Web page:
Understanding MOT advisories before buying a car.

What defines an advisory item and how does it impact on the buying decision?


CarVeto Platinum provides full and complete MOT history data as recorded via the DVLA database. We take MOT advisory items seriously as such items that are not replaced are likely to need replacing on the proceeding MOT test.

Read our complete guide to MOT history data

This is especially true for vital items like brakes and tyres that are easily advised but not failed on UK MOT tests. Pitted brakes, warped discs or tyres that are nearing their legal limit are open to the advised category of an MOT test.


advised items on all preceeding mot tests


Motorists must consider advisories as part of the cost when buying a new, used car

The advisory notice section of a standard UK MOT certificate is not a mandatory part of an MOT testers responsibilities. It is left to the tester to decide if and when a used part is advisory, or not. Individual MOT stations will likely have their own policies and procedures in place for advisory testing.


The MOT Inspection Manual considers it best practice to advise motorists about a series of factors:

  • Car part items that appear to be near a point of failure but have not failed a roadworthy test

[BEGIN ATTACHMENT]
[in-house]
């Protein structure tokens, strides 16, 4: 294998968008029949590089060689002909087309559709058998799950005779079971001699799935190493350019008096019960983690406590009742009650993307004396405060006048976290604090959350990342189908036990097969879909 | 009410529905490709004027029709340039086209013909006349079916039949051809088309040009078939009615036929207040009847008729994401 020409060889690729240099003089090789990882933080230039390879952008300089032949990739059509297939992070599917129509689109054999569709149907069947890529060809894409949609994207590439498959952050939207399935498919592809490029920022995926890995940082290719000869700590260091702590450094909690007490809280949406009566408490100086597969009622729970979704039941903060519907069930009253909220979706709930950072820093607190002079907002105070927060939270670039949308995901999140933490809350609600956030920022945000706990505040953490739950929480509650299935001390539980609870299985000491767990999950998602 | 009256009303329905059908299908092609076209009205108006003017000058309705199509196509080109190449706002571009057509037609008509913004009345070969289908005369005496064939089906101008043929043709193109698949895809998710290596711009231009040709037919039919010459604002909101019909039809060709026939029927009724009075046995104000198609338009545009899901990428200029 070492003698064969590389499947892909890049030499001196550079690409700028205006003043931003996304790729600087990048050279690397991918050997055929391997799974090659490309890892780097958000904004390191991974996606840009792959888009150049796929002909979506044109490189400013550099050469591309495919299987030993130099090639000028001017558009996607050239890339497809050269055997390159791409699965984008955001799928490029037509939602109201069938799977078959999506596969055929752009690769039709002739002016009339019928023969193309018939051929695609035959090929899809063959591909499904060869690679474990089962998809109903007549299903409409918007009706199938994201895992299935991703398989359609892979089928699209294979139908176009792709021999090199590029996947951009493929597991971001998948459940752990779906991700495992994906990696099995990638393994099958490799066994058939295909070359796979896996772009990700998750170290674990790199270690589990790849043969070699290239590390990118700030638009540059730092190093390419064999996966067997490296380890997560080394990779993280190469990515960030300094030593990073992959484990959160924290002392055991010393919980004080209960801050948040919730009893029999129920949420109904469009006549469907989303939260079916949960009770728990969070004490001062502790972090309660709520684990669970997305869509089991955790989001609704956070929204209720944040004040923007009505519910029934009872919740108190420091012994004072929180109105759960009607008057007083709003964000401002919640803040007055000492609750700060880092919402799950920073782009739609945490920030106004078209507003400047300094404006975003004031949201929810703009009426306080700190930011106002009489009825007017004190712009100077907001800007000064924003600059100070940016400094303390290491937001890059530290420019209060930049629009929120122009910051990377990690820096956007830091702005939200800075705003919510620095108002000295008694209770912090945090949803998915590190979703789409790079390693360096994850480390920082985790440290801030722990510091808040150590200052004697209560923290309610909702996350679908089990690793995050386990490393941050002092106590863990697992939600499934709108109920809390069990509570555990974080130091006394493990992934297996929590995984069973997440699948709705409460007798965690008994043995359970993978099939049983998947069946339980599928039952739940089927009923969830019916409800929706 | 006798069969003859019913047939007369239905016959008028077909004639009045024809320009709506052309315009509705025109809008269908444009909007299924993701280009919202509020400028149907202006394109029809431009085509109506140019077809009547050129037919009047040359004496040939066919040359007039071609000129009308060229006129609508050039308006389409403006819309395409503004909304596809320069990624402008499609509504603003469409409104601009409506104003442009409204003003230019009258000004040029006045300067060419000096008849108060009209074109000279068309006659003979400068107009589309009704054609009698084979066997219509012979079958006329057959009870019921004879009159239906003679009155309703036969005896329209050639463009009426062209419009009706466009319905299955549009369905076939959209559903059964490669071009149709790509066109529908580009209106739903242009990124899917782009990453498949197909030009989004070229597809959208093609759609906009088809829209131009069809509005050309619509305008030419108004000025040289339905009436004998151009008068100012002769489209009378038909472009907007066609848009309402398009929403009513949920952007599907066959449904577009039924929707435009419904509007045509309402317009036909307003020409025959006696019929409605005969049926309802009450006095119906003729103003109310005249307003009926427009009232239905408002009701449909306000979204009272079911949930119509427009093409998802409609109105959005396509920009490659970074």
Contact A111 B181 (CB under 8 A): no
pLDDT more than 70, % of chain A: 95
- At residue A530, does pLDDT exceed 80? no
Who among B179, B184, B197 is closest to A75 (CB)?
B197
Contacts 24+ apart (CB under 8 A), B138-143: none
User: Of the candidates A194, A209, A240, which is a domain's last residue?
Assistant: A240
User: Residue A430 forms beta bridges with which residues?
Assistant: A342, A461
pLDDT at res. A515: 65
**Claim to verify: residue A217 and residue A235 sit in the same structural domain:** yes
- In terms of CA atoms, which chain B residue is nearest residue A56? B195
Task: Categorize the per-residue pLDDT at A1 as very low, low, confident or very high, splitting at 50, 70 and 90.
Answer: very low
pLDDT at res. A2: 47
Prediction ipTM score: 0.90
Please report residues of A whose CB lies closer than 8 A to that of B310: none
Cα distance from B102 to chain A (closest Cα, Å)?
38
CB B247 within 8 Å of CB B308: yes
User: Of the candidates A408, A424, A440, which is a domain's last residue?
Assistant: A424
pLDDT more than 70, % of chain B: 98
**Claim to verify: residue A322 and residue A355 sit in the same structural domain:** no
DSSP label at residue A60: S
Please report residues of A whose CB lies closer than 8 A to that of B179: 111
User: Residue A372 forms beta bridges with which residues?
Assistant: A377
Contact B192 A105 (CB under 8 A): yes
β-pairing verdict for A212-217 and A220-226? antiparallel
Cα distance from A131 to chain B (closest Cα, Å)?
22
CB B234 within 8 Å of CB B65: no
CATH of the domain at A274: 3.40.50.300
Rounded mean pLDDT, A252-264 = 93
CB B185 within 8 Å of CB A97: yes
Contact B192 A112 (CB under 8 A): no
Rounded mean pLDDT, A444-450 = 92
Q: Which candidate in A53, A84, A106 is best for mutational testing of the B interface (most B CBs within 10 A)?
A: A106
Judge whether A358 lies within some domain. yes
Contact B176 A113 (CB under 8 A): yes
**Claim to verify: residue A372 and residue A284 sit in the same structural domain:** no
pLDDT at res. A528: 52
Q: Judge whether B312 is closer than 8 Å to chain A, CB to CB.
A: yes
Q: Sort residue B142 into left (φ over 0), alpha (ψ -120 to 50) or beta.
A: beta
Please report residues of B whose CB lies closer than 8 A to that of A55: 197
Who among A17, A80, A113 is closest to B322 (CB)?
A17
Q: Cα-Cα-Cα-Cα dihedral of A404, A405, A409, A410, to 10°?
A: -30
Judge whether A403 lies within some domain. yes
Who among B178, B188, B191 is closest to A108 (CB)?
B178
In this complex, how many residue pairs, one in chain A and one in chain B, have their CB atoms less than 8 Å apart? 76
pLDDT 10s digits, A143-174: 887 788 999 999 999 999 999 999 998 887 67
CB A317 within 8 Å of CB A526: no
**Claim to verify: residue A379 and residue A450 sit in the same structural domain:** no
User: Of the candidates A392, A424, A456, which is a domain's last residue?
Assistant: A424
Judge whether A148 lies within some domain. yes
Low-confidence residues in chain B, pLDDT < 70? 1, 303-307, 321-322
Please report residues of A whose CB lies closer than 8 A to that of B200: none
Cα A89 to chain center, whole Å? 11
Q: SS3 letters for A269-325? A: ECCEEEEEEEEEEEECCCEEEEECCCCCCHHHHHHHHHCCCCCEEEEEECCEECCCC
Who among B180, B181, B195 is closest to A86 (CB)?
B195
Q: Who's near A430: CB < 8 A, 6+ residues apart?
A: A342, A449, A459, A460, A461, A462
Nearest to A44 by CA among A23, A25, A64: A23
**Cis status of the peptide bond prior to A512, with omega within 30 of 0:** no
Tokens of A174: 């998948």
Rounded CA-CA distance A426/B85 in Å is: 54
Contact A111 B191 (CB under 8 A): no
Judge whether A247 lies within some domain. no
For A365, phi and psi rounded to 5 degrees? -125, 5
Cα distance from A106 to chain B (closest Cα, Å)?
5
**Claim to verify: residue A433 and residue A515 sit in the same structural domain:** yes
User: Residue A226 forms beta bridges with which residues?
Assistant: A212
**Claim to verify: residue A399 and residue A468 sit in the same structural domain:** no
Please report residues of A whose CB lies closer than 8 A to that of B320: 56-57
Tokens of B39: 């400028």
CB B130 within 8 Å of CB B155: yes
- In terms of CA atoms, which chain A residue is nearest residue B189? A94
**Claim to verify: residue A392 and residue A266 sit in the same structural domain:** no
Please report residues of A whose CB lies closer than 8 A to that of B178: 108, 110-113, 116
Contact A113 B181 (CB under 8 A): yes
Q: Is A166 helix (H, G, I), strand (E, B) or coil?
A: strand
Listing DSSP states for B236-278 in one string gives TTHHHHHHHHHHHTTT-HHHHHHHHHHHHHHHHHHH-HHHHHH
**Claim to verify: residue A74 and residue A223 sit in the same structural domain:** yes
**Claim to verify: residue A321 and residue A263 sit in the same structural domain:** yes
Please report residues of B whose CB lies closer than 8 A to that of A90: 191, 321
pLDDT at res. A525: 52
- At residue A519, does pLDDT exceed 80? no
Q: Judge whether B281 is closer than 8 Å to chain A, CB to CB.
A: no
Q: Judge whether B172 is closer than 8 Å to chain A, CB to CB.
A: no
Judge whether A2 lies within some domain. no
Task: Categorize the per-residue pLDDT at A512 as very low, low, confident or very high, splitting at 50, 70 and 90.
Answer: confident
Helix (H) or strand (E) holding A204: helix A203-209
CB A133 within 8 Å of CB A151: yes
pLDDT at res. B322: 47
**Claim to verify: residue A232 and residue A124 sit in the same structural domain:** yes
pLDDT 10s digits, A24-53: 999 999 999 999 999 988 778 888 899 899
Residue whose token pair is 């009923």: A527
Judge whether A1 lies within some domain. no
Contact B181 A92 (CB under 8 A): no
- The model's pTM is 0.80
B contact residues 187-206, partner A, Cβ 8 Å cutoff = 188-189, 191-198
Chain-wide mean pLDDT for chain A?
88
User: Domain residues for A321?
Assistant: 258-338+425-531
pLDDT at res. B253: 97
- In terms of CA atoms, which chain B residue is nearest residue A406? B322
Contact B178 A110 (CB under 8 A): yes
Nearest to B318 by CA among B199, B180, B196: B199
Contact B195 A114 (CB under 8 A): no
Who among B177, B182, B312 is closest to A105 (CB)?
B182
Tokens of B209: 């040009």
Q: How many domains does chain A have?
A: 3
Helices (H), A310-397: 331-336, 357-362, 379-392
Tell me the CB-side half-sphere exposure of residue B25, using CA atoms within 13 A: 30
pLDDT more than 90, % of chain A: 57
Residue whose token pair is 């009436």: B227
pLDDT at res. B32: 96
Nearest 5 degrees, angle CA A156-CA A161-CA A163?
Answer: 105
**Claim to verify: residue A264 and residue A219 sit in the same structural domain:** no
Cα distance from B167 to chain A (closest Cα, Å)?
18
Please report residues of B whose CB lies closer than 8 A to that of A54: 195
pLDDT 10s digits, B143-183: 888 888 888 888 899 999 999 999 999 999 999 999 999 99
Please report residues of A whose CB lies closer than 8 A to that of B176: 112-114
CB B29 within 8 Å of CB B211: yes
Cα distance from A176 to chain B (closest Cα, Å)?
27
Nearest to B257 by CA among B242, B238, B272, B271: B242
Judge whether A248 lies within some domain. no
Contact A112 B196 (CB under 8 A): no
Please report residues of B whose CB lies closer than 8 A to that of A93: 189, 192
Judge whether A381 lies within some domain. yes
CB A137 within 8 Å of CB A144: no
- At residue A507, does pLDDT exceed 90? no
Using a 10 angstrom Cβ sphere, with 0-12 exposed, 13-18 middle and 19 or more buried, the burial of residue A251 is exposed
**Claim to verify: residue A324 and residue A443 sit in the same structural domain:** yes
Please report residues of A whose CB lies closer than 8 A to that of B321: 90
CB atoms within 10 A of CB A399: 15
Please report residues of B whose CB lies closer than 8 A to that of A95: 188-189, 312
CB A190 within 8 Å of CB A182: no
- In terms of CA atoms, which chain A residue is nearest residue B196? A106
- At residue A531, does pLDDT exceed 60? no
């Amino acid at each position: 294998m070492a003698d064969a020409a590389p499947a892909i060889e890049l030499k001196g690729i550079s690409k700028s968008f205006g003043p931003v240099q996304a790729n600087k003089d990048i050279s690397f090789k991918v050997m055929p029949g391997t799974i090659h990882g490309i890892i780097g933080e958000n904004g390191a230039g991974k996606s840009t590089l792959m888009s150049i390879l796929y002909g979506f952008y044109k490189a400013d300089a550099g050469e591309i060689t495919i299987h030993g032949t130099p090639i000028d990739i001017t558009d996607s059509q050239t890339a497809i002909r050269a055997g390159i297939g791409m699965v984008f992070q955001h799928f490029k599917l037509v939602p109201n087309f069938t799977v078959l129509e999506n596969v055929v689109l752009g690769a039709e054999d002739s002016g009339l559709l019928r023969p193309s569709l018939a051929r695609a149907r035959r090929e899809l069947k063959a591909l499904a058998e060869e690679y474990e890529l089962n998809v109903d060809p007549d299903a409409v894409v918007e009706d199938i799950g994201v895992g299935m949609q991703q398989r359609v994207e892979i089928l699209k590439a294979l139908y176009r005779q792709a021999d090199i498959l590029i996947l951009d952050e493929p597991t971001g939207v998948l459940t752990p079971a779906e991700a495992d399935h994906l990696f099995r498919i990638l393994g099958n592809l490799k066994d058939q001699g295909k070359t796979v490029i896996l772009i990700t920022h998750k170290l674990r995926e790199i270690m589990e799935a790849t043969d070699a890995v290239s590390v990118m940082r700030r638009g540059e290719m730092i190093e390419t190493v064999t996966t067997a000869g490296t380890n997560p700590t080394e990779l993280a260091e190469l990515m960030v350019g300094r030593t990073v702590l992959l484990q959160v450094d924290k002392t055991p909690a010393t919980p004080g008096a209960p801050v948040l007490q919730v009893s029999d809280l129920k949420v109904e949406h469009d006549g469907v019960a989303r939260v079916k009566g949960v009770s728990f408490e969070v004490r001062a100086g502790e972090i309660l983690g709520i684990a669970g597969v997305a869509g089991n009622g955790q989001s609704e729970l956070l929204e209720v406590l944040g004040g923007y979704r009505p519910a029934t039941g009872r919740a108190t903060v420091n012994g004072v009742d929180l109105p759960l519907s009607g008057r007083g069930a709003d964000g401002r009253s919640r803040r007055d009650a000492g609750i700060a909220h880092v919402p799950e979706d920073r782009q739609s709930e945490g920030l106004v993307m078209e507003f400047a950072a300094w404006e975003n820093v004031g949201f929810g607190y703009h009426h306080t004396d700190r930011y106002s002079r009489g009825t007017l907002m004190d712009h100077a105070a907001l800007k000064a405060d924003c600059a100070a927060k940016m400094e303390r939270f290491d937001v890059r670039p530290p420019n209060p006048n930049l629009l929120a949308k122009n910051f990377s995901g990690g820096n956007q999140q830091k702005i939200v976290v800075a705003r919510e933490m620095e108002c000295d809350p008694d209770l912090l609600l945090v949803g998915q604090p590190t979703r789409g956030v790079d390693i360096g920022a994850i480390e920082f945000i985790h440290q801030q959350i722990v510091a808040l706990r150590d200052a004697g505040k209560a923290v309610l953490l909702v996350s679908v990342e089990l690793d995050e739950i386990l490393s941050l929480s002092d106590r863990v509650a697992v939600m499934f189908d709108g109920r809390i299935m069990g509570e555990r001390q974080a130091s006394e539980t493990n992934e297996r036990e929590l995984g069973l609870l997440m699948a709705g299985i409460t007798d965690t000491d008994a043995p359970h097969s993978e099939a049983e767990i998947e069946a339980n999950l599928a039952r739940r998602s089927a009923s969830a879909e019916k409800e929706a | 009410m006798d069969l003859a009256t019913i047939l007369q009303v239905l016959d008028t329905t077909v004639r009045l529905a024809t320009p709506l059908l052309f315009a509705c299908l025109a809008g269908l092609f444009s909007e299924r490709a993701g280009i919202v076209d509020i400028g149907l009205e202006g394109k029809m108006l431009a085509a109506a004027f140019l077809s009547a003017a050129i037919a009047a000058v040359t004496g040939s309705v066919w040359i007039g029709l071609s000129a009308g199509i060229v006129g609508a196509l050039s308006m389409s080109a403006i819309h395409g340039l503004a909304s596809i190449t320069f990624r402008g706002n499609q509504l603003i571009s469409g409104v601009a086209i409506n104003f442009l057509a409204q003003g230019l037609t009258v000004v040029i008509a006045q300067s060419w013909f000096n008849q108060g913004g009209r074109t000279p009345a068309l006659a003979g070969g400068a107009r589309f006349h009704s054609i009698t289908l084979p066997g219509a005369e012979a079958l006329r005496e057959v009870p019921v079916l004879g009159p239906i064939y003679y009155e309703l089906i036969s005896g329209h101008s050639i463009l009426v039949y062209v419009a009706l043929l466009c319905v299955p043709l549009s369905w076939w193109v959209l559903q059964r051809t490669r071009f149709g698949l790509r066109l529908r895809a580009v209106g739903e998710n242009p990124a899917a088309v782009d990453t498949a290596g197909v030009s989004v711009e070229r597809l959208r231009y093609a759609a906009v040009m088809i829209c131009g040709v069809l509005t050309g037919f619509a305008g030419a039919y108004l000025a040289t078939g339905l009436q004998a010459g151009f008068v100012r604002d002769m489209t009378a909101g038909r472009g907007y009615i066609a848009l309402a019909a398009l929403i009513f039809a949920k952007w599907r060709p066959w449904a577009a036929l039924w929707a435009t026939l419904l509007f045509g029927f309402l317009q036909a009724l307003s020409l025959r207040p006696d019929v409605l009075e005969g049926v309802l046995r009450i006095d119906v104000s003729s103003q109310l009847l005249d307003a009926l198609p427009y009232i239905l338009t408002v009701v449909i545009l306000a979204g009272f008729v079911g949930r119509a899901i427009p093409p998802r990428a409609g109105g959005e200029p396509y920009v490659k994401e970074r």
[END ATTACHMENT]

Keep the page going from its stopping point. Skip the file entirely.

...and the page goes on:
• Peculiarities of a specific vehicle during inspection i.e. adaptations or modifications
  • Defects appearing on non-testable parts found during the MOT testers inspections


itinary of checks on a standard mot check


Advisory items must be helpful to motorists

Any advisory list should be useful to the motorist and support them in making informed choices about the roadworthiness of their vehicle. It is worth noting here that certain advisory items can impact the value of a used vehicle. MOT testers must take this into consideration.

Matters of Testing report evidence that testable advisories are overused with common occurrences of the same items falling into the advisory category year on year.

Matters of Testing admit some responsibility to overuse due to wording such as ‘slightly corroded’ and ‘slightly worn’.

MOT testers are therefore encouraged to carefully consider minor wear i.e. ‘slight’ and the guidelines set out via the guidance manual. Items may be near to failure but have not yet reached a point of MOT roadworthiness failure.

CarVeto suggests that MOT items that are advised should be included in motorists buying decisions. Run a car check for free and see if there is potential spend ahead.

The team, CarVeto

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